The at least one guiding arm is also coupled to the substrate through at least one spring. The at least one guiding arm allows for motion of the at least one proof-mass, in a first direction in the plane. The at least one guiding arm and the at least one proof-mass rotate about a first sense axis. The first sense axis is in the plane and parallel to the first direction.

The gyroscope includes an actuator for vibrating the at least one proof-mass in the first direction. The gyroscope also includes a transducer for sensing motion of at least one proof-mass normal to the plane in response to angular velocity about a first input axis that is in the plane and orthogonal to the first direction.

A method and system in accordance with the present invention provides a mechanical structure that oscillates at one frequency and is capable of sensing angular rate about multiple axes. One drive motion requires only one drive circuit, which lowers cost and power. Other aspects and advantages of the present invention will become apparent from the following detailed description, taken in conjunction with the accompanying drawings, illustrating by way of example the principles of the invention.

BRIEF DESCRIPTION OF THE DRAWINGS

FIGS. 1A-1C illustrate an embodiment of a gyroscope comprising a guided mass system in accordance with the present invention.

FIG. 2 illustrates an embodiment of a gyroscope comprising a symmetric guided mass system in accordance with the present invention.

FIG. 3 illustrates an embodiment of a gyroscope comprising a balanced guided mass system in accordance with the present invention.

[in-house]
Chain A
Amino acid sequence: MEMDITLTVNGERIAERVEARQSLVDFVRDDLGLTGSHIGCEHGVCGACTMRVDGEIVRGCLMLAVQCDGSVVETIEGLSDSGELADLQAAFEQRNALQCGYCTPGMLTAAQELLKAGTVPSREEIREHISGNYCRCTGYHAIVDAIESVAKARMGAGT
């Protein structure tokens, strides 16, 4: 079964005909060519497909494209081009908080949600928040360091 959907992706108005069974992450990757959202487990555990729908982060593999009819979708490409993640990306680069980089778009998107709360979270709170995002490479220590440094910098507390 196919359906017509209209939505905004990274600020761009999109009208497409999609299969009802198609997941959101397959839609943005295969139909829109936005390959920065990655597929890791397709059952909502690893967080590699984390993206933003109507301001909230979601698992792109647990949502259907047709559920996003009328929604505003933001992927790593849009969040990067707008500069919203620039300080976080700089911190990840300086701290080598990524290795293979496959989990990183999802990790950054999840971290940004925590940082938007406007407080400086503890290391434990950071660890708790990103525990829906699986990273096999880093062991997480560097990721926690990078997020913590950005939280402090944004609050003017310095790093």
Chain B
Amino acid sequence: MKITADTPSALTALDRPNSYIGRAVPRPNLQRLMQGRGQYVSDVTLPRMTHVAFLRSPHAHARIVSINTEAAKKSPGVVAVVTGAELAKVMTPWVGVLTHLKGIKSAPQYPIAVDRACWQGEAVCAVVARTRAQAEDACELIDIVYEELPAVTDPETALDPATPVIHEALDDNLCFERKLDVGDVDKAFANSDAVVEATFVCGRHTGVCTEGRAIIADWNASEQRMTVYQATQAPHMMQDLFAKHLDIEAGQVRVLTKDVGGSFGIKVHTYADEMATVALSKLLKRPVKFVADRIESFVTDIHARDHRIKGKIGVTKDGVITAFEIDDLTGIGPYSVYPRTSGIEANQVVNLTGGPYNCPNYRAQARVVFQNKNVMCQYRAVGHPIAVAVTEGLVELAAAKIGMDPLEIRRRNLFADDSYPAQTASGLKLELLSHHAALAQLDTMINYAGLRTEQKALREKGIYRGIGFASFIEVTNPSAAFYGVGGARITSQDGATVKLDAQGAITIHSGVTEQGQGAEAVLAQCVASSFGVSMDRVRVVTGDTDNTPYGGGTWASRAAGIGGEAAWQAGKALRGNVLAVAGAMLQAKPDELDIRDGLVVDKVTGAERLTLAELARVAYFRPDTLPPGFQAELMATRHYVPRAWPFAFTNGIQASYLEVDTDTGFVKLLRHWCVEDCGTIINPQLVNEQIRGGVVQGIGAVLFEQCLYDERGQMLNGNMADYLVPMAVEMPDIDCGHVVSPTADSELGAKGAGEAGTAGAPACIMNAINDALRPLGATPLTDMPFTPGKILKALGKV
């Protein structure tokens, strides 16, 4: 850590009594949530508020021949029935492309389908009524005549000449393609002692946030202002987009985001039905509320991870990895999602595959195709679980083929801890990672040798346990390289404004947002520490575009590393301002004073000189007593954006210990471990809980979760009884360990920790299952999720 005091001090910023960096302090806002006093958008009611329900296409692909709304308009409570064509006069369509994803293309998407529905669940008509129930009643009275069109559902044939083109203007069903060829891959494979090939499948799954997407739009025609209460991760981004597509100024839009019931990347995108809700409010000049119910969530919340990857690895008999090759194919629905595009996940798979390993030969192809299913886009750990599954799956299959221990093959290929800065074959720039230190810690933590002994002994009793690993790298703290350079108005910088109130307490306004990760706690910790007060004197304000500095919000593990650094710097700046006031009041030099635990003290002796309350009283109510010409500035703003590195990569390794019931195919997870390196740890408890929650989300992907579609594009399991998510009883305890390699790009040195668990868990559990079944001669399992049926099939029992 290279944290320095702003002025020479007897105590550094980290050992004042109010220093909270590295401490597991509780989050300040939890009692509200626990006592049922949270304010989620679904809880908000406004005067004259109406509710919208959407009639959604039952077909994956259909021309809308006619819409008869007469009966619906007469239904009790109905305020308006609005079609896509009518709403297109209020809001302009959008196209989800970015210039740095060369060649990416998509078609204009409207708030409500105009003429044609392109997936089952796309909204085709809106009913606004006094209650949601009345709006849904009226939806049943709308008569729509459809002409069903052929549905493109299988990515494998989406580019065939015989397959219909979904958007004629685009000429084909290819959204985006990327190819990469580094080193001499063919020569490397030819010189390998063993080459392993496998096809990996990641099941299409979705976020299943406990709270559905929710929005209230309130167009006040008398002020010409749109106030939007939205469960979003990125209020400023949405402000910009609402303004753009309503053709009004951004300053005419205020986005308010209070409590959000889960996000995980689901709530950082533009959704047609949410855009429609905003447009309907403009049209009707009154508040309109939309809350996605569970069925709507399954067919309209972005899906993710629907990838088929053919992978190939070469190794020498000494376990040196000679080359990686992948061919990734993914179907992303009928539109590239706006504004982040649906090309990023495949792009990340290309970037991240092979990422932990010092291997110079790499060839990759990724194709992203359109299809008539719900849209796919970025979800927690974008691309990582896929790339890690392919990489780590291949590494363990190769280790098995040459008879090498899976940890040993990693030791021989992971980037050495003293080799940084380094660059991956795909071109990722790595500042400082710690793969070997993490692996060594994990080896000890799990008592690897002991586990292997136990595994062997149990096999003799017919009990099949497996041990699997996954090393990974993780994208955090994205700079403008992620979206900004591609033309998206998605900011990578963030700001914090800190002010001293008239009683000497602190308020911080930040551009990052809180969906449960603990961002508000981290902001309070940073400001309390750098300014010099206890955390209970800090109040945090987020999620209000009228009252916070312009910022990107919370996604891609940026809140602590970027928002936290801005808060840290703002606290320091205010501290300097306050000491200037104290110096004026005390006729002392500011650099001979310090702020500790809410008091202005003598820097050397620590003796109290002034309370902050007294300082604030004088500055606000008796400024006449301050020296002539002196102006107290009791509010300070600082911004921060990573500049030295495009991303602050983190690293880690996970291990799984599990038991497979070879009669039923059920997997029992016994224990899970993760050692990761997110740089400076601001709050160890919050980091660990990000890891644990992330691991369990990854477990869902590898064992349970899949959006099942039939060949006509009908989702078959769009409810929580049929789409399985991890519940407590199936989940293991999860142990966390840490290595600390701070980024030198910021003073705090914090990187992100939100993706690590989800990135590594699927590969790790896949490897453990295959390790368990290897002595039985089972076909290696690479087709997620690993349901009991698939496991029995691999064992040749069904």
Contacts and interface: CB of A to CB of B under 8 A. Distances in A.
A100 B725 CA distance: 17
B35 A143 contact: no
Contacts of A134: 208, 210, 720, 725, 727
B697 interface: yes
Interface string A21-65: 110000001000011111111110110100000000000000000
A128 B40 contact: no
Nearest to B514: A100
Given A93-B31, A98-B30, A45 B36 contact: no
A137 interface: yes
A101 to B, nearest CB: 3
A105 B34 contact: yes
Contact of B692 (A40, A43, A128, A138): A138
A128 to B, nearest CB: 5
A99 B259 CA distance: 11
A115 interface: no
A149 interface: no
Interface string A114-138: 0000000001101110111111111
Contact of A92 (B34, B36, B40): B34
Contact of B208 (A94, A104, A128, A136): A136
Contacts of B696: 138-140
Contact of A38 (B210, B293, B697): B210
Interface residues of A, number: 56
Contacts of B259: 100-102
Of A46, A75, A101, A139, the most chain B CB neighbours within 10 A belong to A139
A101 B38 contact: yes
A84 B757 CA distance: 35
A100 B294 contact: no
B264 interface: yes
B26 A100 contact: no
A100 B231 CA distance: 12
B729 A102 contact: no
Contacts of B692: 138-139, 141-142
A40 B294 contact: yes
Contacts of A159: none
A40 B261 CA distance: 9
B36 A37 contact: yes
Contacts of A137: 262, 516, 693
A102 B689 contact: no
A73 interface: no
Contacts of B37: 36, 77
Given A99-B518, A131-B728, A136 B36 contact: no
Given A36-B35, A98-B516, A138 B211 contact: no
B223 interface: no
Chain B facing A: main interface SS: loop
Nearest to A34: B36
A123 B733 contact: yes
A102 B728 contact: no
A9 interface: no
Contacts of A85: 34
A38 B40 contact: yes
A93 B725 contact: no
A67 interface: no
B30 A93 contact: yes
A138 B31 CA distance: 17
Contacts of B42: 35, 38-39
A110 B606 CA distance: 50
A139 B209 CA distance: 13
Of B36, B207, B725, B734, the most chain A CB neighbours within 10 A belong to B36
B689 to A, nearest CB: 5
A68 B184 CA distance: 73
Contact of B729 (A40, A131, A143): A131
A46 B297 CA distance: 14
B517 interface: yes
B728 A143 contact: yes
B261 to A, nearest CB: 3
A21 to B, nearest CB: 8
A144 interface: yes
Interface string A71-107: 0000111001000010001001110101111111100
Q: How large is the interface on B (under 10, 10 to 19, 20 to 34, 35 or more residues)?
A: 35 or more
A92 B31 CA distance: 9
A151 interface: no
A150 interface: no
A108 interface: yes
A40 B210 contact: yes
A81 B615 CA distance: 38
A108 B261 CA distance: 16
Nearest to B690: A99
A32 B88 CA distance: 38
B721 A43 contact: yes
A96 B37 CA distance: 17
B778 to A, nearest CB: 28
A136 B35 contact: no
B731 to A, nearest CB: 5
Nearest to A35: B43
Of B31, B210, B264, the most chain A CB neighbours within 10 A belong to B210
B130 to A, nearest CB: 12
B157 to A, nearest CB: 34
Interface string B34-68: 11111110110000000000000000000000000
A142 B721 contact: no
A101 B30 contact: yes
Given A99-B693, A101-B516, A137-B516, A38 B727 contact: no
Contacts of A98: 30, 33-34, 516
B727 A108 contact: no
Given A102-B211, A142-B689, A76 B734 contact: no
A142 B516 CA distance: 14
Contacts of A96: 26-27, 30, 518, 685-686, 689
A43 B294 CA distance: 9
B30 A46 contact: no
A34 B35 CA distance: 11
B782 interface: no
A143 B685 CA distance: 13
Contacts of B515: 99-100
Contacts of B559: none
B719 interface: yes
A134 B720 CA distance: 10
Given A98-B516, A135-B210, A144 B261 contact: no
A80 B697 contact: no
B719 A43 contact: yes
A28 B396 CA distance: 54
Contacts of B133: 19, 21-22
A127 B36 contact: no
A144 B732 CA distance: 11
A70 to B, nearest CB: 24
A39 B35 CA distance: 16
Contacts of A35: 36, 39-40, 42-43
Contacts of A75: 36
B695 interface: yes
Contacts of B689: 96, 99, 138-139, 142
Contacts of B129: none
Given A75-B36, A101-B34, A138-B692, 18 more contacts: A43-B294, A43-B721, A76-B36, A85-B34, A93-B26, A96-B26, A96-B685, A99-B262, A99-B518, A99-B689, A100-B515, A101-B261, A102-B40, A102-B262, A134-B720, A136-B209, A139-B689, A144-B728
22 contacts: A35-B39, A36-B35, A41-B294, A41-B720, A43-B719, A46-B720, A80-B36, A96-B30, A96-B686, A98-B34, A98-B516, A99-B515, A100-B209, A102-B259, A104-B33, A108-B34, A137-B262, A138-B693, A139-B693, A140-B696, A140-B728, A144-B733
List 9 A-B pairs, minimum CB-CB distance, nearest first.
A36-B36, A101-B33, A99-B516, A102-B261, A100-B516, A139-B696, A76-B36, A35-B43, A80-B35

FIG. 4 illustrates an embodiment of a gyroscope comprising a stress relieved guided mass system in accordance with the present invention.

FIG. 5 illustrates a first embodiment of a dual-axis gyroscope comprising a guided mass system in accordance with the present invention.

FIG. 6 illustrates a second embodiment of a dual-axis gyroscope comprising a guided mass system in accordance with the present invention.

FIG. 7 illustrates a third embodiment of a dual-axis gyroscope comprising a guided mass system in accordance with the present invention.

FIG. 8 illustrates an embodiment of a tri-axis gyroscope comprising a guided mass system in accordance with the present invention.

FIG. 9 illustrates a first embodiment of a dual-axis gyroscope comprising a balanced guided mass system in accordance with the present invention.

FIG. 10 illustrates a second embodiment of a dual-axis gyroscope comprising a balanced guided mass system in accordance with the present invention.

FIG. 11 illustrates a first embodiment of a tri-axis gyroscope comprising a multiple guided mass system in accordance with the present invention.

FIGS. 12A-12E illustrate a second embodiment of a tri-axis gyroscope comprising a stress relieved multiple guided mass system in accordance with the present invention.

DETAILED DESCRIPTION OF PREFERRED EMBODIMENTS

The present invention relates generally to angular velocity sensors and more particularly relates to in-plane angular velocity sensors that have at least one proof mass. The following description is presented to enable one of ordinary skill in the art to make and use the invention and is provided in the context of a patent application and its requirements. Various modifications to the preferred embodiment and the generic principles and features described herein will be readily apparent to those skilled in the art. Thus, the present invention is not intended to be limited to the embodiment shown but is to be accorded the widest scope consistent with the principles and features described herein.